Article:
The other thing is to make absolutely certain all of the connections at the coil are working correctly. On the same car, one of the wires there had the insulation cracked and falling away, and the wires had become badly corroded. No signal at the tach, no start.

If you do want to swap out the sensor it's really not as bad as you might think. Remove the coil to provide better access in that area. Loosen the integral wire clamps along the firewall and move them up and out of the way as best you can. I use a 10mm socket (1/4" drive) with several long extensions. Get the bolt loose but do not remove it. Then get a mechanics extending magnet and pull the bolt and the little shim underneath the sensor out. From the inside of the car, disconnect the electrical plug at the DITC box, and remove the grommet from the firewall. Now go back under the hood and pull out the sensor.

Replacement is basically the reverse. I use one of those little expanding claw tools to get the bolt back into position. It's a bit tedious, but it can be done.
_________________
75 Fiat X1/9 | 80 US 928 | 80 US 931 '941' | 78 D-Prod Replica | 78 Poli-Form
Back to top
View user's profile Send private message
stevekat  



Joined: 19 Jan 2008
Posts: 718
Location: Los Angeles, CA

PostPosted: Thu Jun 13, 2013 4:27 am    Post subject: Reply with quote

I am going to put a gauge on the CIS - I have one from unwired tools in addition to the full tester, but I believe I have no spark. In any case, I have a switch box I made a long time ago for diagnostics to jumper the fuel pump relay connectors on the fuse box for when I ever need to run the fuel pump independently.

What I'd really like to know is if the sensor can report the correct resistances but not be operational.
_________________
"Never get out of the boat. Absolutely goddamn right. Unless you are goin' all the way."

Gone to new home: '81 924T, US version, CGT Intercooler, UTCIS-PT, Euro DITC, Greddy Trust MBC, Forged Fuchs Flat Dish 6's, Factory Recaro's.
Back to top
View user's profile Send private message
!tom  



Joined: 28 Aug 2006
Posts: 1905
Location: Victoria, BC Canada

PostPosted: Thu Jun 13, 2013 2:47 pm    Post subject: Reply with quote

Don't forget simpler causes, such as the ignition key switch.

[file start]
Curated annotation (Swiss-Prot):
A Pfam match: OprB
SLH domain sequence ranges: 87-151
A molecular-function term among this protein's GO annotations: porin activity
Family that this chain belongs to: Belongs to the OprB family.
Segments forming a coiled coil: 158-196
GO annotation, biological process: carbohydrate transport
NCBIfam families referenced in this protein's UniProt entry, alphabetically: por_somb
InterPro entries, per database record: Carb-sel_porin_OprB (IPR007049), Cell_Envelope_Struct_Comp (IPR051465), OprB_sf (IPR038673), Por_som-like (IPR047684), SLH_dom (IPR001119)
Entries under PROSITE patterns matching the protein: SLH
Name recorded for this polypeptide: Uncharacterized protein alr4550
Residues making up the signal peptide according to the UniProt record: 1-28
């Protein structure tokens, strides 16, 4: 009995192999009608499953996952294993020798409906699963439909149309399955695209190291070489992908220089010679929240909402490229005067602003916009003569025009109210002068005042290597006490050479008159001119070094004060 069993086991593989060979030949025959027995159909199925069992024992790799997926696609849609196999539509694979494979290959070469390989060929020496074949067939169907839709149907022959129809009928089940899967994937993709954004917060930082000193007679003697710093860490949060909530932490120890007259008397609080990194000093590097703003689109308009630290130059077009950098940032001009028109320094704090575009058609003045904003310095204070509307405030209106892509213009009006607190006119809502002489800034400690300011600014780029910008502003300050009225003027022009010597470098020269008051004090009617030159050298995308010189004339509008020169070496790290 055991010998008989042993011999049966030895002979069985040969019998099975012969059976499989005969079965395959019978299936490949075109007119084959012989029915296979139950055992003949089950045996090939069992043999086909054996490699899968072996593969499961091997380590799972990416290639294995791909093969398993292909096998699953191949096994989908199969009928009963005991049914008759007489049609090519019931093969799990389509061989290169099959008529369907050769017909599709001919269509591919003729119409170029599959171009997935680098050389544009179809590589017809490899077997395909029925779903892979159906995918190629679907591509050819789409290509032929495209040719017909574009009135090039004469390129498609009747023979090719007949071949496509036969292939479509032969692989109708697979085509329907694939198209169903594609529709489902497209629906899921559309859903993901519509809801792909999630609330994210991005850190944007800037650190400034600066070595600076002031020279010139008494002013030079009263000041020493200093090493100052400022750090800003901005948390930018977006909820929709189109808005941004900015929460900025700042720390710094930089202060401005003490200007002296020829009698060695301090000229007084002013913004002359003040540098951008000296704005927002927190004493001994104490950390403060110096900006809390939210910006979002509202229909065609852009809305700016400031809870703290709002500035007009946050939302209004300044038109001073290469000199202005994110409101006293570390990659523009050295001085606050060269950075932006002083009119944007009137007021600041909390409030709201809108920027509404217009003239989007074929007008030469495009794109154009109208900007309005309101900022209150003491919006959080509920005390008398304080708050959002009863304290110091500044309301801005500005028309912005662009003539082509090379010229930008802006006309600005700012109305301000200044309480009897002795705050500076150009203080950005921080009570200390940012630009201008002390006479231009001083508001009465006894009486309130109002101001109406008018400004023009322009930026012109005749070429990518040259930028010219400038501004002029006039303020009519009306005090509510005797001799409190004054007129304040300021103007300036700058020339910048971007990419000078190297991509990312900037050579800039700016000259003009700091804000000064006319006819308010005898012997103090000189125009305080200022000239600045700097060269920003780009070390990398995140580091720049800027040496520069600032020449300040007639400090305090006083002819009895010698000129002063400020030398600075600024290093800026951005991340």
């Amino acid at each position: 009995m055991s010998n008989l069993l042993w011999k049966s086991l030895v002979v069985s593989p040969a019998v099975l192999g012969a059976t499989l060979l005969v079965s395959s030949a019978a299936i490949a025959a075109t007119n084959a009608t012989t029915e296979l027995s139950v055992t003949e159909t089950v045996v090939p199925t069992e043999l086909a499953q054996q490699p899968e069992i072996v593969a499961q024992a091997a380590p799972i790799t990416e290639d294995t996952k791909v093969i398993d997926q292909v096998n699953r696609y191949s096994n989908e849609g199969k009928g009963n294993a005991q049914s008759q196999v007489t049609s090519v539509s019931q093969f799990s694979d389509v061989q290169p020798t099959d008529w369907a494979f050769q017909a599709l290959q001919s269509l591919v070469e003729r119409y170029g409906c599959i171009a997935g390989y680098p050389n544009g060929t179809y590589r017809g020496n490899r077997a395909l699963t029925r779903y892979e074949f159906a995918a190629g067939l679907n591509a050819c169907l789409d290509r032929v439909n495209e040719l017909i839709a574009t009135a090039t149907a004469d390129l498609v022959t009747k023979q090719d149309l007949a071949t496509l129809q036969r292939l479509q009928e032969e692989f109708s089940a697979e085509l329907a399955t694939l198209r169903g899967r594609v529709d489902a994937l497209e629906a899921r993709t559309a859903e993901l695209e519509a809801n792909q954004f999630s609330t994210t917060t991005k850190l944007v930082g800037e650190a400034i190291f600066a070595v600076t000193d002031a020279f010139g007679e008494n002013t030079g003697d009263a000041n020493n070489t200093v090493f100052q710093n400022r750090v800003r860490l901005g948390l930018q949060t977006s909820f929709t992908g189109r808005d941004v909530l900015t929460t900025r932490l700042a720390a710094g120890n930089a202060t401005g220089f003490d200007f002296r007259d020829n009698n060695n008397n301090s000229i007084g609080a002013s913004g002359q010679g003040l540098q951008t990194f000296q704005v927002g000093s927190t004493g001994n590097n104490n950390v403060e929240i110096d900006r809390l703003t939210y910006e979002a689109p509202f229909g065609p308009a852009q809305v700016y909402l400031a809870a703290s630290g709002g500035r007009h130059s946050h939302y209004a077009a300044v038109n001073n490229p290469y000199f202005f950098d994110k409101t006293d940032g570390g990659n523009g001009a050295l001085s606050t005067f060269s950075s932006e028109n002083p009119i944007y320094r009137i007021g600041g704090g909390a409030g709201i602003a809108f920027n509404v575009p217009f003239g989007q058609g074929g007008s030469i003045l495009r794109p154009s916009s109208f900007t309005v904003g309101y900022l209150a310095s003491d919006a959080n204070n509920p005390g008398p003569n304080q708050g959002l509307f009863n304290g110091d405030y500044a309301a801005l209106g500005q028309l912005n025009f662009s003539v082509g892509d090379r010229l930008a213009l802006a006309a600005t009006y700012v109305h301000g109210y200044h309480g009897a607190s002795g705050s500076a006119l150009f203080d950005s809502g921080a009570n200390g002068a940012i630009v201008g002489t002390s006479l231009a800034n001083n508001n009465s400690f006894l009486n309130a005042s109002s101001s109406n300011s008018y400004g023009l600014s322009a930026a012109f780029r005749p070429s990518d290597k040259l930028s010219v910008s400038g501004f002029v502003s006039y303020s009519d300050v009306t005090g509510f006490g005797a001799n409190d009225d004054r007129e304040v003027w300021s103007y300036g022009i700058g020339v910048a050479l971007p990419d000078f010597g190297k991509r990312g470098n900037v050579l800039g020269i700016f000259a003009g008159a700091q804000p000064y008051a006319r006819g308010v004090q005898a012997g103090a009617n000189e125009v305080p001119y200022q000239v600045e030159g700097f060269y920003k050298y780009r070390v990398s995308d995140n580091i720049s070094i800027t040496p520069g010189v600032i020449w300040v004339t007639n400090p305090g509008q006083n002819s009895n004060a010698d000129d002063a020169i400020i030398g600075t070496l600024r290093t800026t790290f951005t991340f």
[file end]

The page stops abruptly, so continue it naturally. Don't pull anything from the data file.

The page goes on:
_________________
78 924 NA
5-lug
Back to top
View user's profile Send private message Visit poster's website
stevekat  



Joined: 19 Jan 2008
Posts: 718
Location: Los Angeles, CA

PostPosted: Thu Jun 13, 2013 3:18 pm    Post subject: Reply with quote

I got her started and running as before.

Matilda, who had an earlier thread, responded to a PM and indicated he had replaced his DITC sensor and it made no difference. So my take away may be that if a sensor tests good on the ohmmeter, it may be good.

Matilda said his tech and he discovered that there was not always 12v at the coil. And that some connection in the vicinity of the fuse box had become flaky. I checked for voltage at the coil and either had none or 1 - 2v. I reached under the fuse box and disturbed the wire bundle and it shot up to about 12v. At that point I turned the ignition and she fired right up and ran as normal.

I then disconnected the battery, pulled the fuse box down and inspected and disconnected a few plugs, etc. On putting it all back together she continued to run. It may come back, as I don't know I figured out the specific culprit, other than pulling some connectors and re-seating them.

But in general, it was power to the coil and this is very easy to test. The wire to the coil is black and blue (and I think there is a black too.)

I think an easy fix to this in an emergency is to jump a wire from the positive of the battery to the positive of the coil. If the DITC and other ignition components are functioning properly, as mine were, and all that is missing is power to the coil, this should make the car run as it should.

So Matilda and I had this problem, and I've seen similar descriptions of it, so this may be some kind of common weak spot. I think there are two paths for power to the coil, during start and during run. One or both may originate at the starter, but I did not crawl under to inspect there. I am sure another member is more familiar with this wiring.

One note, do not disturb everything when hunting these things down. If one replaces a DITC box or ignition module and it does nothing, switch it back. It is important to keep this a one variable equation.

Also, I'd like to encourage all who have issues they eventually resolve to report back with their results. So many threads just trail off, describing very compelling problems, and one wishes the solutions that were found get added to the dialog.